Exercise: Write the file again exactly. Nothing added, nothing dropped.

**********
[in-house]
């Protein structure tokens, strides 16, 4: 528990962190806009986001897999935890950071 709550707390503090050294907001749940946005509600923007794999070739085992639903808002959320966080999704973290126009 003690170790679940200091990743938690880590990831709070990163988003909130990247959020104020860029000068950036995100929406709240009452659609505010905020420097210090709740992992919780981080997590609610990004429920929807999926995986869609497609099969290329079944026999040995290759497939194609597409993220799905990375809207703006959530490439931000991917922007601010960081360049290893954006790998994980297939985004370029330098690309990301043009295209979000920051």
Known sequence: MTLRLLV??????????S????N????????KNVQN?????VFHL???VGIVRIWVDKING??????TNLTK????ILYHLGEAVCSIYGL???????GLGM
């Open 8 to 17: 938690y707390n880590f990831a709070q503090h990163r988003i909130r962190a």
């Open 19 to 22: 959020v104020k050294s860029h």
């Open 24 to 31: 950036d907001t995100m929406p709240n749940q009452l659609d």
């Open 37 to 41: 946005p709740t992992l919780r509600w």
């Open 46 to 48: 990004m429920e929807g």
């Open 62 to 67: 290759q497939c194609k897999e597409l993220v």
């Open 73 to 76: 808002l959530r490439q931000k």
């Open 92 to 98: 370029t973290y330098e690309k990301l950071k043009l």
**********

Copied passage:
[in-house]
């Protein structure tokens, strides 16, 4: 528990962190806009986001897999935890950071 709550707390503090050294907001749940946005509600923007794999070739085992639903808002959320966080999704973290126009 003690170790679940200091990743938690880590990831709070990163988003909130990247959020104020860029000068950036995100929406709240009452659609505010905020420097210090709740992992919780981080997590609610990004429920929807999926995986869609497609099969290329079944026999040995290759497939194609597409993220799905990375809207703006959530490439931000991917922007601010960081360049290893954006790998994980297939985004370029330098690309990301043009295209979000920051």
Known sequence: MTLRLLV??????????S????N????????KNVQN?????VFHL???VGIVRIWVDKING??????TNLTK????ILYHLGEAVCSIYGL???????GLGM
């Open 8 to 17: 938690y707390n880590f990831a709070q503090h990163r988003i909130r962190a």
């Open 19 to 22: 959020v104020k050294s860029h």
């Open 24 to 31: 950036d907001t995100m929406p709240n749940q009452l659609d």
């Open 37 to 41: 946005p709740t992992l919780r509600w």
């Open 46 to 48: 990004m429920e929807g």
């Open 62 to 67: 290759q497939c194609k897999e597409l993220v």
């Open 73 to 76: 808002l959530r490439q931000k």
């Open 92 to 98: 370029t973290y330098e690309k990301l950071k043009l």